Occurs when the right mouse button is pressed while the mouse pointer is over a UIElement.
Assembly: System.Windows (in System.Windows.dll)
The event is raised when the right mouse button is pressed while the mouse pointer is over the UIElement.
Mouse capture does not alter position reporting and event sourcing for right clicks as it does for left clicks. Right click events from a captured mouse are always reported from the screen coordinate and UI element where the mouse pointer is at the time.
Macintosh client users generally can produce an equivalent of a right-click by pressing the Control key and pressing the mouse button. For more information see Silverlight Differences on Windows and Macintosh.
Right Clicks and Context Menus
In UI design for applications, a mouse right button click action is generally considered to be the user action that displays a context-sensitive menu or similar UI. The menu or UI is often specifically related to the UI element the mouse pointer is currently over, rather than the application as a whole. Silverlight is often hosted in a browser and the right-click menu outside the Silverlight content area is controlled by the browser host and possibly integrated with other regions that have right-click handling available. For this reason it is also an appropriate UI design to use right-click handling to display menus or UI that are relevant to your entire application, and not necessarily related to specific UI elements.
Menu display for right-click mouse user actions is not an automatically enabled feature. It is up to your application design to handle , to note the mouse pointer position, to create or make visible a UI element that serves as the context menu, and to position it at a location in UI that is visually appropriate.
A common choice for a UI element that serves as a context menu is Popup. A Popup uses dialog metaphors for opening and closing (it is not a true dialog in terms of modality, however). In terms of layout and rendering, a Popup will display on top of and independent to the other UI elements in the Silverlight content area. This makes it simpler to display and produces a more natural UI experience. Other techniques for inserting the context menu into existing primary layout might require a layout pass over the application UI and could be visually distracting.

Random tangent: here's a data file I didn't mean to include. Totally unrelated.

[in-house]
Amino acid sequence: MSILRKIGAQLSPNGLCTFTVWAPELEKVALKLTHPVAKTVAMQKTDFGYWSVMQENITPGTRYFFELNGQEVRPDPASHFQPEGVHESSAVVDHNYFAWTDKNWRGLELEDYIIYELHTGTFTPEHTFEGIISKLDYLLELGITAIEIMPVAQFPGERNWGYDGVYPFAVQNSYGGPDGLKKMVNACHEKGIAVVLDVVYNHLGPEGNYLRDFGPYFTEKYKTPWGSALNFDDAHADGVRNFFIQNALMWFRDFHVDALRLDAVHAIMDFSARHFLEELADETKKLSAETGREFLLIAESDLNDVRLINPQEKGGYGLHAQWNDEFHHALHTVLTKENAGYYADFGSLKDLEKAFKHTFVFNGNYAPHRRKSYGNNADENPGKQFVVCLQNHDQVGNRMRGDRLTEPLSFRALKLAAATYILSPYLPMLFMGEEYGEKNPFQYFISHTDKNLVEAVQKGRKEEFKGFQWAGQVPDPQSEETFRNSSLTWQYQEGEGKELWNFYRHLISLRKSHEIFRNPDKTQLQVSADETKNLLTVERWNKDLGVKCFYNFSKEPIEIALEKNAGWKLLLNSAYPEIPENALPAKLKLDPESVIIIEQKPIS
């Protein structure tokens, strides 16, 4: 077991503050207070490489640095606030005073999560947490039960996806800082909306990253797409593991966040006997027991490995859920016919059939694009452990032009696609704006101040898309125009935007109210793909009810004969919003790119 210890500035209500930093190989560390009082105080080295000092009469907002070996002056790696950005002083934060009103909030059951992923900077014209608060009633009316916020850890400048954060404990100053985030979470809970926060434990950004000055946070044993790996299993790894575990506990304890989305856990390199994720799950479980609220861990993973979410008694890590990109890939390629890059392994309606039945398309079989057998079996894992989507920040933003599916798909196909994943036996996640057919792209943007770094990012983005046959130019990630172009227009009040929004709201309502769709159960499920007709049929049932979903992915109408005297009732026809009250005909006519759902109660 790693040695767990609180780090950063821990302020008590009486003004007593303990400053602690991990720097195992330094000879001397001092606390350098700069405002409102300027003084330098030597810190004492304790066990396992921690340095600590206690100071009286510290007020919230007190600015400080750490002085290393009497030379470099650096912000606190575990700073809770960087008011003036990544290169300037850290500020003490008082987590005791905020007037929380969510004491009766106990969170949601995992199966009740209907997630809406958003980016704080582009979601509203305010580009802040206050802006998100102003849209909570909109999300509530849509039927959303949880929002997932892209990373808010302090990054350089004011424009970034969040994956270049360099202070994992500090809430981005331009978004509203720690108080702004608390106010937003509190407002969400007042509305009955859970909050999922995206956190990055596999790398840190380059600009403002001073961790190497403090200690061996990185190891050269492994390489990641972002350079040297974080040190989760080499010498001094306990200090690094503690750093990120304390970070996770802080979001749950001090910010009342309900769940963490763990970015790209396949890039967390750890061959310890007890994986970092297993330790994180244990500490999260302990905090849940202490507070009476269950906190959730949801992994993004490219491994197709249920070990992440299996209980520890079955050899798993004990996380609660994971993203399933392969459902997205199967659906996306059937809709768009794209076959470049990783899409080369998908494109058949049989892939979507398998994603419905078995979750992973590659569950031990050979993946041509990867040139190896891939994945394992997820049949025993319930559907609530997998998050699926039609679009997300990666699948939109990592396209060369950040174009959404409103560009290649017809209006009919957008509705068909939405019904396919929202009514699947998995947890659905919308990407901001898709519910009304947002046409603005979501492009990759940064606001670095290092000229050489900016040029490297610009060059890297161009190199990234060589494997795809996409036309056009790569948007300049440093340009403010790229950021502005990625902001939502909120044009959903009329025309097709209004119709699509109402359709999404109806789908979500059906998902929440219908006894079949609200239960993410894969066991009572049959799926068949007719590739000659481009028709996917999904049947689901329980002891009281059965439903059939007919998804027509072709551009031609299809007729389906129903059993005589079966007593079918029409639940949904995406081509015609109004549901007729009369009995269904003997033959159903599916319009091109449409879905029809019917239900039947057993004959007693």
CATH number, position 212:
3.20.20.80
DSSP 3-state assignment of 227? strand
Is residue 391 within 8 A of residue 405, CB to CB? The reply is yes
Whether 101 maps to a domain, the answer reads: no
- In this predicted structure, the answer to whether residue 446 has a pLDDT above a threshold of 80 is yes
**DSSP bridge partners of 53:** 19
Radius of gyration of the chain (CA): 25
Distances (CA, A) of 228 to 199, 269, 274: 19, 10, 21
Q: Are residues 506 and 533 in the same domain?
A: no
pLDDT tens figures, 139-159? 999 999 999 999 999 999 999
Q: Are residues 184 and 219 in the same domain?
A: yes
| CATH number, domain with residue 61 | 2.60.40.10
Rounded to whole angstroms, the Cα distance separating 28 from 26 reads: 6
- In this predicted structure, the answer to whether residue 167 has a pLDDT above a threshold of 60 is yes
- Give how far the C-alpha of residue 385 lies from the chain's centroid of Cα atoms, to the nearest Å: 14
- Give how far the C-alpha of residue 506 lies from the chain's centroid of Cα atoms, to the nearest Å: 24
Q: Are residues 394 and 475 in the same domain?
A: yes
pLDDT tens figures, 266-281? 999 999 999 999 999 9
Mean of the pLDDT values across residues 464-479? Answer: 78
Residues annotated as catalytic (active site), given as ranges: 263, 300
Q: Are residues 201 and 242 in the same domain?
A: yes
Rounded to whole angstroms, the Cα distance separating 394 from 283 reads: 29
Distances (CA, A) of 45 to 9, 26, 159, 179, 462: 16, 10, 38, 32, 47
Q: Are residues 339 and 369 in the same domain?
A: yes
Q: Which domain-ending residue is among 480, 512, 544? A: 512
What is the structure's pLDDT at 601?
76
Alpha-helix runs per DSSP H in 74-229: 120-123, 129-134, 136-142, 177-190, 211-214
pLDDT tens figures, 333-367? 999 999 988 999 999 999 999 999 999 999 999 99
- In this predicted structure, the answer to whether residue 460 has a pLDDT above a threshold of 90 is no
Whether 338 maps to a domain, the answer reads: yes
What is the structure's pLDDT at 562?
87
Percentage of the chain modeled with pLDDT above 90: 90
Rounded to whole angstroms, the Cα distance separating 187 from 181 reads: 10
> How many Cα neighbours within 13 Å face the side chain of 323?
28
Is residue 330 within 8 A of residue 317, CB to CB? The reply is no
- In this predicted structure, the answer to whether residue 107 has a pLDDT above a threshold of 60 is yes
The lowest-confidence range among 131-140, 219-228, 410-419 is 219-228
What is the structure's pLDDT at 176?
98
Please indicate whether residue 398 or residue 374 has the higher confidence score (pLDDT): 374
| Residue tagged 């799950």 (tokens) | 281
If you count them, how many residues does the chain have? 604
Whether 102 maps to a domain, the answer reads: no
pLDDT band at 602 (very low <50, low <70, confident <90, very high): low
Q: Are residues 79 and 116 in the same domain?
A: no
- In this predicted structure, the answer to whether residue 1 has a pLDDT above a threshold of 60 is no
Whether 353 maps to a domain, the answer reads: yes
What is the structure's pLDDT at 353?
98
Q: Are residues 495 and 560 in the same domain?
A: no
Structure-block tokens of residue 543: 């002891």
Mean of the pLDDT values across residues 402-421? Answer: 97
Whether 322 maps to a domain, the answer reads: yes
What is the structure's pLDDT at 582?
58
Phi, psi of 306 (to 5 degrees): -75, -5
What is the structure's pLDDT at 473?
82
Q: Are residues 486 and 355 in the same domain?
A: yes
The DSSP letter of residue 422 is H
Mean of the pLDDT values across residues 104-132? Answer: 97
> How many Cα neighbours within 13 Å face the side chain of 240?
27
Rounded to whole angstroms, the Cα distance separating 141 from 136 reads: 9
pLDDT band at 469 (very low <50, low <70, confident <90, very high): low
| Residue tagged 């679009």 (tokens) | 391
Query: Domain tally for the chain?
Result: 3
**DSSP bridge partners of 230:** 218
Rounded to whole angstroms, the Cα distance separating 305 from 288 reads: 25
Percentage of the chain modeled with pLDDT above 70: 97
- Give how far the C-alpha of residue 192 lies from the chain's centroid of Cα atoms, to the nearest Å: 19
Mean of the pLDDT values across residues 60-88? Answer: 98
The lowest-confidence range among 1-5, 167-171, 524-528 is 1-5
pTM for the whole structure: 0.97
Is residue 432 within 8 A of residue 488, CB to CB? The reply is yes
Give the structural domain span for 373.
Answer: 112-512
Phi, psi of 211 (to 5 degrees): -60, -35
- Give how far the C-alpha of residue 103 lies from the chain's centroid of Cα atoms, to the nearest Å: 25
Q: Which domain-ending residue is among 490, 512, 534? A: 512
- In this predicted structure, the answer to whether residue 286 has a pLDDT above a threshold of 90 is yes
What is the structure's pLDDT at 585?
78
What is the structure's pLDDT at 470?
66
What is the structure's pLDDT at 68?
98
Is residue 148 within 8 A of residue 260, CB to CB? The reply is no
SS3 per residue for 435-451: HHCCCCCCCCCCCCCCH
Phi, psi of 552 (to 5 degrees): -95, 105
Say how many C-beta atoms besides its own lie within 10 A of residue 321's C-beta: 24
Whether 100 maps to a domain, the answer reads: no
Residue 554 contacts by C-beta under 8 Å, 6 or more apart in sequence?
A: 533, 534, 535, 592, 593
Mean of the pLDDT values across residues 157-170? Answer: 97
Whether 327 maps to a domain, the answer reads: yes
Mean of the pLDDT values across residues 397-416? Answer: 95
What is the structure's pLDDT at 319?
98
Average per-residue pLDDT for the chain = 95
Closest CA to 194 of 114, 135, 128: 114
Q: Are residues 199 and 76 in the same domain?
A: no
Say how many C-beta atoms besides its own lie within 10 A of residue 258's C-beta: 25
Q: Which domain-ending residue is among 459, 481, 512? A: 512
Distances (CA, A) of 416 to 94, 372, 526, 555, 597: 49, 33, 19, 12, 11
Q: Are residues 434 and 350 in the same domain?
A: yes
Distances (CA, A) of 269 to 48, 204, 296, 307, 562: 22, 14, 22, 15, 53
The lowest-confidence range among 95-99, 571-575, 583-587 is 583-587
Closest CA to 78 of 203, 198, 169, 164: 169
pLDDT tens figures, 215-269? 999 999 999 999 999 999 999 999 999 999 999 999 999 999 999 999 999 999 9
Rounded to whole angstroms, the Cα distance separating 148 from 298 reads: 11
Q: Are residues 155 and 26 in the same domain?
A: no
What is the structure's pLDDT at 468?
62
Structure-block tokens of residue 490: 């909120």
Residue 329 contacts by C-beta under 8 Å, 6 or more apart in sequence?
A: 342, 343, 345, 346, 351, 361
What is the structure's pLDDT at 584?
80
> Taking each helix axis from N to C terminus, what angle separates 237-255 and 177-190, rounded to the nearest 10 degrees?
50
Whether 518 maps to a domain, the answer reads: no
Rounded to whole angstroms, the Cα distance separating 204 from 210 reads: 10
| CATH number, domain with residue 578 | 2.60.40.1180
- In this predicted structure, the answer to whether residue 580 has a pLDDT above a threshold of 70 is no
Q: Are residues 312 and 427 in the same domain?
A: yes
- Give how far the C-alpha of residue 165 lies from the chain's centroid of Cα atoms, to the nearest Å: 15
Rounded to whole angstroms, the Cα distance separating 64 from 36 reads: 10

The following example shows a possible event handler for right-click mouse buttons on a UI element. The variable p references an existing Popup that is defined in the same page as the UI element. GetPosition is called on the event data to set the offsets of where the Popup displays, such that the popup appears slightly below and right of where the mouse pointer was when the right mouse button was pressed.
Handling MouseRightButtonDown and the Silverlight Configuration Dialog
Previous versions of Silverlight (Silverlight 3 and previous) did not provide right click events to application code, because these were used by the plug-in to display the Silverlight configuration dialog.
To preserve the behavior of displaying the Silverlight configuration dialog to end users when the Silverlight content area is right-clicked, the Silverlight runtime acts as a last-chance handler for a routed event. If there is no specific handler at any point in the route between the initiating UI element and the visual root that processes the event data and sets Handled to true, then Silverlight displays the configuration dialog. MouseRightButtonUp is only raised if a preceding handler in application code sets Handled to true.
Routed Event Behavior
The event is a bubbling event. This means that if multiple event handlers are registered for a sequence of objects connected by parent-child relationships in the object tree, the event is received by each object in that relationship. The bubbling metaphor indicates that the event starts at the object that directly receives the input condition, and works its way up the object tree. For a bubbling event, the sender available to the event handler identifies the object where the event is handled, not necessarily the object that actually received the input condition that initiated the event. To get the object that initiated the event, use the OriginalSource value of the event's RoutedEventArgs event data.
When handling and displaying your own UI, you should set Handled to true in the event data. Failing to do so will result in your own UI as well as the Silverlight configuration dialog being displayed at the same time, which will be a confusing user experience. Also, you must set Handled to true in order to enable any handlers for MouseRightButtonUp.
MouseRightButtonDown and OnMouseRightButtonDown
Controls that inherit can provide handling for the event that acts as handler for all instances, by overriding the OnMouseRightButtonDown method. This might include marking the Handled value of the event as true, which has the effect of suppressing the event on any instance of the control (and potentially any subclass of the control). For more information, see OnMouseRightButtonDown.
Do not routinely handle from control code, unless your control has a specific scenario where the right-click handling is useful. Handling interferes with the default mode of displaying the Silverlight configuration dialog if that area of the UI is right-clicked.
For a list of the operating systems and browsers that are supported by Silverlight, see Supported Operating Systems and Browsers.